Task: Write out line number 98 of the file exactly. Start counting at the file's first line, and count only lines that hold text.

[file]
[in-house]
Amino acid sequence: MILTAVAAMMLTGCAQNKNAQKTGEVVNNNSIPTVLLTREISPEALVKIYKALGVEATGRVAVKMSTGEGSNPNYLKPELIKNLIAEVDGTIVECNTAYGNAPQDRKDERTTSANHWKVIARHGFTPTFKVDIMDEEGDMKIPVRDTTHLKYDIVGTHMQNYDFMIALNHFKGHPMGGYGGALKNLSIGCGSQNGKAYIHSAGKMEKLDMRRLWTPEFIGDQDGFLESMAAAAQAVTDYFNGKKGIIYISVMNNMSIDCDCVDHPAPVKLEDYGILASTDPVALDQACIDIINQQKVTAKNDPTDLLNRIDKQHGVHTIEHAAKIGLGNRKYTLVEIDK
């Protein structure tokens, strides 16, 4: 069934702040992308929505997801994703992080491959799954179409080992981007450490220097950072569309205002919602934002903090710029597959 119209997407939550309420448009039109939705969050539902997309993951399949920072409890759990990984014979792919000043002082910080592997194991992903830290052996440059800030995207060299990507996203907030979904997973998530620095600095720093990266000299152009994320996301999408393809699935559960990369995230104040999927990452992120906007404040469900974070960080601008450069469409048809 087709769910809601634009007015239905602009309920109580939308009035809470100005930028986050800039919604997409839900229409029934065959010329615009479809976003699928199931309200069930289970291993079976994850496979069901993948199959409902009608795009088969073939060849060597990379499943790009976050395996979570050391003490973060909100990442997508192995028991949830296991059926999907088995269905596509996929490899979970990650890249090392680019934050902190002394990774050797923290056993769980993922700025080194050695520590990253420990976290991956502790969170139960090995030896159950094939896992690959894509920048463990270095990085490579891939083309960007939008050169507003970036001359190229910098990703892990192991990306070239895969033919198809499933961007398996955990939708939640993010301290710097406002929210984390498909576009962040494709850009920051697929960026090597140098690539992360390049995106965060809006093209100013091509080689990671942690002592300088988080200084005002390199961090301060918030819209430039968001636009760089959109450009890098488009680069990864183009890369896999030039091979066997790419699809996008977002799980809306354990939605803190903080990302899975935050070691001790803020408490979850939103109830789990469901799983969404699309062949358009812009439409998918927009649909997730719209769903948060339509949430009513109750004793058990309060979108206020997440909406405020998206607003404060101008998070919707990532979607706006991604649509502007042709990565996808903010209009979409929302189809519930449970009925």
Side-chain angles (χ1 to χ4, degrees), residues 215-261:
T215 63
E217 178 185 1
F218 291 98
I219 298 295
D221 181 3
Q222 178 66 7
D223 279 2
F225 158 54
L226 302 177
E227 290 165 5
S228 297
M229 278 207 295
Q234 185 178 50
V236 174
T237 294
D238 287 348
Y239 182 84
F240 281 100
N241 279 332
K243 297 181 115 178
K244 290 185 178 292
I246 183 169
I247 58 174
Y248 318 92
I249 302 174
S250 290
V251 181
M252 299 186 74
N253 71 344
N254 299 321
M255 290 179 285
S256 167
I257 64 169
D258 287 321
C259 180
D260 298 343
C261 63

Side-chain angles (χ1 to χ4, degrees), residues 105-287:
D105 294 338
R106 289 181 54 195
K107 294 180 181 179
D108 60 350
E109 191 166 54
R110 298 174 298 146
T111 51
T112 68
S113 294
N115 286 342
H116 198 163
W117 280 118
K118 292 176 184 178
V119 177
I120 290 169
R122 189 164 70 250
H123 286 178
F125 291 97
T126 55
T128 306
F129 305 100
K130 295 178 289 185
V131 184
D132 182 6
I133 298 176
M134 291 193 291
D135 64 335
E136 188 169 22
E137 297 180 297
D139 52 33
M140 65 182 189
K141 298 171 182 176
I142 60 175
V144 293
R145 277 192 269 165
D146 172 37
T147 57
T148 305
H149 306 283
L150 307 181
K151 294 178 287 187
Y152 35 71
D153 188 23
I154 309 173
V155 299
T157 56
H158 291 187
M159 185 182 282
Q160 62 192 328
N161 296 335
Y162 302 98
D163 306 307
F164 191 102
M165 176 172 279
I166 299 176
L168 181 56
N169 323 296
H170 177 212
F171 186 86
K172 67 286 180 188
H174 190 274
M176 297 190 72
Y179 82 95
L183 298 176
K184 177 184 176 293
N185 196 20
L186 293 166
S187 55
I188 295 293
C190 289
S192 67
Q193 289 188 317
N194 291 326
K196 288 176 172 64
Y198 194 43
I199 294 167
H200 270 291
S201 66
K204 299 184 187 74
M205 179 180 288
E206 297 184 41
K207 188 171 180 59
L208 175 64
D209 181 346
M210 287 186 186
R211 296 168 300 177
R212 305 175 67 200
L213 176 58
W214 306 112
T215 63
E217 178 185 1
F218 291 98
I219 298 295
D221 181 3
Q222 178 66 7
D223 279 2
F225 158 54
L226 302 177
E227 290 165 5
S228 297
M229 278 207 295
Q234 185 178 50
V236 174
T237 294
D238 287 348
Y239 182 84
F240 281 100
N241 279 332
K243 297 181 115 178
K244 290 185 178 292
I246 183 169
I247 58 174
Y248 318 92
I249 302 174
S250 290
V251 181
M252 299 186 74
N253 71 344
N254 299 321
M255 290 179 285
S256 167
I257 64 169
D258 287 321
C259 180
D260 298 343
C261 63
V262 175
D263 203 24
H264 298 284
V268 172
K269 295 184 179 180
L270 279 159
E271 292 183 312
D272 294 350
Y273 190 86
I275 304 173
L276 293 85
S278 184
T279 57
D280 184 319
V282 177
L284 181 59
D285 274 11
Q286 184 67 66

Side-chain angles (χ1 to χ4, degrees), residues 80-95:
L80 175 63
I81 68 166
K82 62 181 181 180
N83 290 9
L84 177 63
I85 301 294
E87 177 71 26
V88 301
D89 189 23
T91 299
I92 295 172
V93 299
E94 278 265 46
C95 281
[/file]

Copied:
L168 181 56